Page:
“We have 100 years of legacy in this state and we have a lot of federal land over which the state does not have a lot of power. So it has to be a coupled effort between the feds and the state to address the accumulated brush and understory growth,” said Stephanie Pincetl, director of the California Center for Sustainable Communities at UCLA.
Pincetl contrasted the American approach with a more hands-off attitude on Mexico’s Baja Peninsula, where regular fires go unchecked. There are more frequent conflagrations in Mexico, but those fires are less destructive.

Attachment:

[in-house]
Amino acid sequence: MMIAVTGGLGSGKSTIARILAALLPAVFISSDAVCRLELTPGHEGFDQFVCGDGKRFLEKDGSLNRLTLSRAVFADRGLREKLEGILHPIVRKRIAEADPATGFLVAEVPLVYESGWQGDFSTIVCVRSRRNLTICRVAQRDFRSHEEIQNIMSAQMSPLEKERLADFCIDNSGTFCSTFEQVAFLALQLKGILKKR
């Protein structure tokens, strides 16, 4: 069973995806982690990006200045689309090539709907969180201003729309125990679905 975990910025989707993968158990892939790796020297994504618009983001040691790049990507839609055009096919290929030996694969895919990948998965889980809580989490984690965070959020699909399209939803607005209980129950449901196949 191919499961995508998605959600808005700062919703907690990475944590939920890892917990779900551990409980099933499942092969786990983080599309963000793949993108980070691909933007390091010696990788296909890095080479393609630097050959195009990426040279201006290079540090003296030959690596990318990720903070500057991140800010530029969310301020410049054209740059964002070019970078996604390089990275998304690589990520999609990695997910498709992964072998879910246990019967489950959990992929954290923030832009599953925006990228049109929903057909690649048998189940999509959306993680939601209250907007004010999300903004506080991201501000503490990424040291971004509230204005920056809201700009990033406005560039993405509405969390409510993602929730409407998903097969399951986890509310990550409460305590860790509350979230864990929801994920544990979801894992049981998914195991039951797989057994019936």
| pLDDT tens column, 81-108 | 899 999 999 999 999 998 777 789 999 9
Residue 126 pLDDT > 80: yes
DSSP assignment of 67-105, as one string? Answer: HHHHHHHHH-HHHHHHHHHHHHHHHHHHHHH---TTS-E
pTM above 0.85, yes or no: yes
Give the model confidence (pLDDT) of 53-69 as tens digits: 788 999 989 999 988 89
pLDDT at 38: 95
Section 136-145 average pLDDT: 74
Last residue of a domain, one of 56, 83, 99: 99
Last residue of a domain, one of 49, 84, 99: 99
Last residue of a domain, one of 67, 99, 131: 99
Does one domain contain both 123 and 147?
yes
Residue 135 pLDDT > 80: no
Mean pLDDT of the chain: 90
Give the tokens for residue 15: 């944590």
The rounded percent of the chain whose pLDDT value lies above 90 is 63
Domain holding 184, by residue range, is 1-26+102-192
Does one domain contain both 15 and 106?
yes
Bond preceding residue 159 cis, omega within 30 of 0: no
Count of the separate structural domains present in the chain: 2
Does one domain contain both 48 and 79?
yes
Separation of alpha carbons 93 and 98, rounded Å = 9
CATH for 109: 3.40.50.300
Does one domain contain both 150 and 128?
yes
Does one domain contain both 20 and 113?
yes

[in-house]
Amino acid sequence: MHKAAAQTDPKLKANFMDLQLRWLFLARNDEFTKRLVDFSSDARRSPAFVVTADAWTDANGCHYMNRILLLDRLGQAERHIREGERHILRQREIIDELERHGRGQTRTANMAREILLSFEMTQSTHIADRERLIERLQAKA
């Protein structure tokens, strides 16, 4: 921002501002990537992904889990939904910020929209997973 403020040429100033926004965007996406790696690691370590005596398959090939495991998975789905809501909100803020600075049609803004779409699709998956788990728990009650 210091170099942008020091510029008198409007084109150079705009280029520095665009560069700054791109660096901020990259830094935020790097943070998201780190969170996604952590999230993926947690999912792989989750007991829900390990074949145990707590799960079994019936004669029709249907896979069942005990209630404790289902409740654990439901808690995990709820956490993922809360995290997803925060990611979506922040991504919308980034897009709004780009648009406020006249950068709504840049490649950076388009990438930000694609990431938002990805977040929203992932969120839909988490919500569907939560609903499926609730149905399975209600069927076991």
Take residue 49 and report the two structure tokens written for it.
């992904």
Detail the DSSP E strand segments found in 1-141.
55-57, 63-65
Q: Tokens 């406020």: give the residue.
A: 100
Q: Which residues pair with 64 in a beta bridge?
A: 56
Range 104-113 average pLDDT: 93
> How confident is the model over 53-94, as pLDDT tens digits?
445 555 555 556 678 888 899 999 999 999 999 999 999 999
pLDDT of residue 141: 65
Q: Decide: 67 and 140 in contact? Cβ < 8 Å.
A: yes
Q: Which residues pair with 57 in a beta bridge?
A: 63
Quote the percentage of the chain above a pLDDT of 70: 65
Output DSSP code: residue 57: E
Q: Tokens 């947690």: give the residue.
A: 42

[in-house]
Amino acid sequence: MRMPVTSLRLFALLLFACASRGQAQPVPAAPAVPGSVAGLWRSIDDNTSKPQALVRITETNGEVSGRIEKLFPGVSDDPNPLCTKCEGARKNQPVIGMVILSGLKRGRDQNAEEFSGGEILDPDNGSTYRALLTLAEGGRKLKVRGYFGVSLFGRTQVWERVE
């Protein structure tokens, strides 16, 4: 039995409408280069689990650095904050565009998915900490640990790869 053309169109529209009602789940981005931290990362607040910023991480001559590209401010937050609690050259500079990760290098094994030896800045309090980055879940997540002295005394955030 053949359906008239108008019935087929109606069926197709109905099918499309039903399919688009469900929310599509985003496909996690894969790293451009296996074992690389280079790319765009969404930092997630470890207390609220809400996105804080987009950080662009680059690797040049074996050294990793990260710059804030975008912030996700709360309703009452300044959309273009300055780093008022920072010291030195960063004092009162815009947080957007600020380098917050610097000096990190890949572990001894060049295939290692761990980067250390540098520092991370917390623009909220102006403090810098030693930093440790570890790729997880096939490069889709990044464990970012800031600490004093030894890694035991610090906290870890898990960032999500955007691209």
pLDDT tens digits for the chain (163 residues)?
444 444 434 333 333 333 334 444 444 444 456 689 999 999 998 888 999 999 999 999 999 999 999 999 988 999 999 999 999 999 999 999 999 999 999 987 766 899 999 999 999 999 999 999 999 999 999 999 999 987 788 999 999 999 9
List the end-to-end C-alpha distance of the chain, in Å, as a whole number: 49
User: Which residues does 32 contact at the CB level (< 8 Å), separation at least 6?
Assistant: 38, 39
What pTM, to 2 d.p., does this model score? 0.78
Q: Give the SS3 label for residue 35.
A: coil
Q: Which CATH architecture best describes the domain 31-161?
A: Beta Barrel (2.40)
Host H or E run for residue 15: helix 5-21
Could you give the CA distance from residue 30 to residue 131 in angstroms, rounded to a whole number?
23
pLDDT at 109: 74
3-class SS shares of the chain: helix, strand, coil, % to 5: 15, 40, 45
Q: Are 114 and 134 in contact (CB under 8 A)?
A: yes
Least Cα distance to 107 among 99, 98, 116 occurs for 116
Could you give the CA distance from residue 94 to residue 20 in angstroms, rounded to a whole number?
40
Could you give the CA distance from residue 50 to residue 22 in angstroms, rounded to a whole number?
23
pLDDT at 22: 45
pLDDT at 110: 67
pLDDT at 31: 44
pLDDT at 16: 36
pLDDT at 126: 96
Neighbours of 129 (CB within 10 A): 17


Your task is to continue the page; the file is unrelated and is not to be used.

“When there are naturally ignited fires, it burns at low intensities in 10 to 15 to 20 year cycles, so they’re not devastated,” Pincetl said. “Fire is an implicit part of the ecosystem, and if you suppress it, you fail to get regeneration.”